Reporting from New York: TEFAF New York is Fabulous

The European Fine Arts Foundation debuted in New York City at the storied Park Avenue Armory, and it is a breath-taking affair 

Review by Teriha Yaegashi

For those of you who found Frieze Masters to be a bit of a bore this year (ahem, Guardian art critic) and also happen to find yourselves in New York this week, do check out the TEFAF art fair, also known as The European Fine Art Foundation. Originally based in Maastricht, this is the fair’s first debut outside of Europe – and it is extraordinary.

Bringing together 94 of the world’s specialist dealers in antiquities, museum-worthy fine art, design, furniture and jewelry, the fair carries an air of gravitas, glamour and history that fits naturally with the Park Ave Armory’s beautifully restored interiors.

In this context, it was quite obvious that the majority of New York dealers brought in to the fair had specialized in American antiques, and they looked shockingly new in comparison to the European dealers, who had brought forth some of the greatest treasures of Europe and Asia, each of which had an exceptional provenance. It is no wonder that the Manhattan art world has been abuzz, and many celebrities and serious collectors were quick to snap up these treasures on the opening night

Luckily, the pieces are still on view for a few more days, until Wednesday Oct 26.

Here are a few don’t-miss pieces:

As if you could miss them, the Greek, Roman and Egyptian antiquity treasure at Cahn International (booth #13), just across from the main entrance, are breathtaking and each piece is beyond museum-quality. (Cahn himself is on the board of TEFAF, so you know he’s really brought out some of the best of the best.) Make your way into the main hall of the armory, and you’ll find yourself delighted by the Richard Green’s booth (#67), where there are paintings by masters like Monet, Pieter Brueghel the Younger, Renoir, among others. Immediately to the right is an exceptional 18th century Italian stone inlay marble piece at Galerie Ferrin of Paris (booth #70).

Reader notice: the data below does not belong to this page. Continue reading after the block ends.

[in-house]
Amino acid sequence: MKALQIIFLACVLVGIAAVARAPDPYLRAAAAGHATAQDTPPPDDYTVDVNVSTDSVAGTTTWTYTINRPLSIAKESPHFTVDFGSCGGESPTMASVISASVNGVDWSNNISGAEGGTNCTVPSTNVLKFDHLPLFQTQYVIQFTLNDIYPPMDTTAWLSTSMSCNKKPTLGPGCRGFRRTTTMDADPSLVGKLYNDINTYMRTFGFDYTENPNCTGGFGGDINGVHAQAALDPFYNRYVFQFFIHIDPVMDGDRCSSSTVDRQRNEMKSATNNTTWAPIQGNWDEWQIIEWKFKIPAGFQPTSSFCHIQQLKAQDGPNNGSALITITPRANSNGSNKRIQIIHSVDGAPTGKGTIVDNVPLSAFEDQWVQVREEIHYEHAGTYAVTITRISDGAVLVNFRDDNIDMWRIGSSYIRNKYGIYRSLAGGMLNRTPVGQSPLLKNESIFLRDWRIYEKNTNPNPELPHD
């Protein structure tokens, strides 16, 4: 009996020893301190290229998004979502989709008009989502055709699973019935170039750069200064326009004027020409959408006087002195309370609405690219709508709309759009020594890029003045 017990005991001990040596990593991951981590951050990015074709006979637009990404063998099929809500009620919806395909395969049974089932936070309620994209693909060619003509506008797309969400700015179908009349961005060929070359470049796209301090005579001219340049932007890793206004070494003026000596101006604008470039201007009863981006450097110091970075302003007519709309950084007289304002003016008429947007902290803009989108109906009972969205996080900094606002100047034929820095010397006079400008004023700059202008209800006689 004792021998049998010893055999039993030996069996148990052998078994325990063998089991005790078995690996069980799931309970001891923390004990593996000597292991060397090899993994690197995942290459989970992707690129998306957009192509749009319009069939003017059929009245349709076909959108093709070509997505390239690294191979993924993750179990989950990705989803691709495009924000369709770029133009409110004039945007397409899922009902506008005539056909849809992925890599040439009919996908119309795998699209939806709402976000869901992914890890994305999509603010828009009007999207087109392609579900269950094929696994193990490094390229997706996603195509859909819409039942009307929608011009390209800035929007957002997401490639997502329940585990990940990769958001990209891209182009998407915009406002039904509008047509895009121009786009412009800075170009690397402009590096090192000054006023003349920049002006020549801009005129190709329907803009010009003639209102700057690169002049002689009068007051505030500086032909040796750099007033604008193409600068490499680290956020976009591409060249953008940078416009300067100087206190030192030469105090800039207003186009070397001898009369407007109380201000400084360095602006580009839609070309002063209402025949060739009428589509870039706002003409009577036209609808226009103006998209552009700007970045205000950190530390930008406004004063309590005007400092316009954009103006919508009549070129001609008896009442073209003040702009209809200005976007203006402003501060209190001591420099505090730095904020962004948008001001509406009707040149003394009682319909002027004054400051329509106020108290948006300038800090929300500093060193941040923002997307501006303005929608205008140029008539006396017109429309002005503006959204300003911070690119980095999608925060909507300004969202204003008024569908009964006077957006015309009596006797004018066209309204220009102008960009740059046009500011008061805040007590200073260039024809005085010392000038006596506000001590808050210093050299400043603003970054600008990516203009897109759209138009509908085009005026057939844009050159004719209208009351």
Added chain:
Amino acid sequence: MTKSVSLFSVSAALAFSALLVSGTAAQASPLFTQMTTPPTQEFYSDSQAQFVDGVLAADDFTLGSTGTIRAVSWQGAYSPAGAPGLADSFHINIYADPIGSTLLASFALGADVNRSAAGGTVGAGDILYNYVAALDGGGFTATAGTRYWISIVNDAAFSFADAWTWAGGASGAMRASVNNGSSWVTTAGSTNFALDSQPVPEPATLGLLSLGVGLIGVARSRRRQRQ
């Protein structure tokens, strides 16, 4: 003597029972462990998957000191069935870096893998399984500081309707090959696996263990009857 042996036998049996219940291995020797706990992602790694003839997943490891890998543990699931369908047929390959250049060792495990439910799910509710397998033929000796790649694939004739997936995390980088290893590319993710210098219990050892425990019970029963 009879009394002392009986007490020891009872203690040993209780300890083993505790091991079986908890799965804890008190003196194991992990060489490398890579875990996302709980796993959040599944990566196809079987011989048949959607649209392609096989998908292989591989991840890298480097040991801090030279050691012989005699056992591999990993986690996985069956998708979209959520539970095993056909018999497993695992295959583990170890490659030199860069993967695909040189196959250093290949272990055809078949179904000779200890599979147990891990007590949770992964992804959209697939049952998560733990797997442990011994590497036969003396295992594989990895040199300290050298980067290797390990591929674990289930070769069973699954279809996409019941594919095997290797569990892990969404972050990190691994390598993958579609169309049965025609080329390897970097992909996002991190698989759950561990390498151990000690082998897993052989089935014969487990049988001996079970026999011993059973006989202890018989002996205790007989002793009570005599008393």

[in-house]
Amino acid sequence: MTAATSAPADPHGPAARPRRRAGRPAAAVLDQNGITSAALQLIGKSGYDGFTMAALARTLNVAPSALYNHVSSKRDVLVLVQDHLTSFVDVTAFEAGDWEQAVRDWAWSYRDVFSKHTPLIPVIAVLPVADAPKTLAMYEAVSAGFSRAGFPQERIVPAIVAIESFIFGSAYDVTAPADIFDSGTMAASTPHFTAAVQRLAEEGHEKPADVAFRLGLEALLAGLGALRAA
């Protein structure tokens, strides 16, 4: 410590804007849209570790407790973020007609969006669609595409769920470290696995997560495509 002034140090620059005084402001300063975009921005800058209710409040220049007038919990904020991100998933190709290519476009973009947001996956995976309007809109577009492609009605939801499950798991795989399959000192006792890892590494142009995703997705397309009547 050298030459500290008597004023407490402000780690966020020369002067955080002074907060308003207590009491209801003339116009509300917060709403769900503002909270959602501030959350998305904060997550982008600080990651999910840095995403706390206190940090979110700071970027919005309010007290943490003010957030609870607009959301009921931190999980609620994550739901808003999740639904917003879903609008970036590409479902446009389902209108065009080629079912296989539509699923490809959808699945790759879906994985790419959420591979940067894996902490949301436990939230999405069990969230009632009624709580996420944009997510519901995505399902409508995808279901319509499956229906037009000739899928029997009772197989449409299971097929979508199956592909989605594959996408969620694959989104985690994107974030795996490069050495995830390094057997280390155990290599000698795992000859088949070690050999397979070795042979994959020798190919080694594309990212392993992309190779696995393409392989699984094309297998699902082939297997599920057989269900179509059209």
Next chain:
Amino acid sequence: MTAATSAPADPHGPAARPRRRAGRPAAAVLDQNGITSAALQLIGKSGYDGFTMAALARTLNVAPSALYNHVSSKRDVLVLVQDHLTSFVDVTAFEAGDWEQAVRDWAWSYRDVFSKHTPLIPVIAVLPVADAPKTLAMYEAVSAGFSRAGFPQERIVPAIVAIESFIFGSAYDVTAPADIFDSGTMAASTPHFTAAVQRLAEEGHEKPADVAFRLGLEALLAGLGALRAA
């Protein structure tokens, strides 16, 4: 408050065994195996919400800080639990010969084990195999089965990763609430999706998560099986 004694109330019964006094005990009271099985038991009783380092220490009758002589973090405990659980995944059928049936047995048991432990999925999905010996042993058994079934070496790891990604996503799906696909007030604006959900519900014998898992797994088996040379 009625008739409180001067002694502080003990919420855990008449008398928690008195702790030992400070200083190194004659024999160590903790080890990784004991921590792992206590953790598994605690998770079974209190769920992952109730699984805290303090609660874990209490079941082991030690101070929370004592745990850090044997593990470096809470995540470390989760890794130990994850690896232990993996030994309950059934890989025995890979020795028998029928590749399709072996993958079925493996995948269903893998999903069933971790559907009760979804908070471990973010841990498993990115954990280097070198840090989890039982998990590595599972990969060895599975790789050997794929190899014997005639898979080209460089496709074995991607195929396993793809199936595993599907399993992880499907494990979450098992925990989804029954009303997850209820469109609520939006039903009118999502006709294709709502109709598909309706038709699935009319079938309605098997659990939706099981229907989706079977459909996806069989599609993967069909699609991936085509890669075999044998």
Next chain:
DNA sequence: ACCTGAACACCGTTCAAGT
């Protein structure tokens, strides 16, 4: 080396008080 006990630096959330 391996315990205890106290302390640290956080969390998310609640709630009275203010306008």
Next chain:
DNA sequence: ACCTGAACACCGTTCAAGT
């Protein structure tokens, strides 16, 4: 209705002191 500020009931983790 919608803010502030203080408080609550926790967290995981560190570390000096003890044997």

Now, you’ve found yourself in a good corner – Gregg Baker of London (booth #72) has some delightful Japanese gold screen paintings from the 17th century that are prime examples of the medium, though they show their age. Around the bend, Jack Kilgore (booth #77) has a delightful mix of paintings by Mela Muter, the first professional female painter in Poland. A bit further down, Lowell Libson (booth #80) has smaller works by British master painters like J. M. W. Turner, Constable, Gainsborough that can’t be missed – your writer was particularly charmed by a very small Constable oil painting sketch (priced at $315,000). Further down, Shapero Rare Books (booth #88) offered glimpses at Matisse’s Jazz series, and Crouch/Forum (booth #95) had the most incredible world maps, including one from the dawn of the Dutch Golden Age by the famed 16th Century Portuguese cartographer Luis Teixeira (sold).

Upstairs, it would be impossible to miss the gorgeous room-turned-artist-atelier by living legend Axel Vervoodt (booth #9). Antiquities mixed with worn-in furniture and painter’s easels created an effortless, cozy, fantastically creative environment that was truly hard to leave. Finally, it would be recommended to pop over next door to Galerie Chenel (booth #10) to finish off your visit, with a meditation in this darkened room with perfectly spot-lit Egyptian and Roman marble statues – like a shrine to the ancient arts.

Americans are usually kings of casual, but this is an event to dress up for – and remember that the world is actually much grander, larger and more storied, and we are lucky to see them here, in the middle of Manhattan. riddle_stop 2



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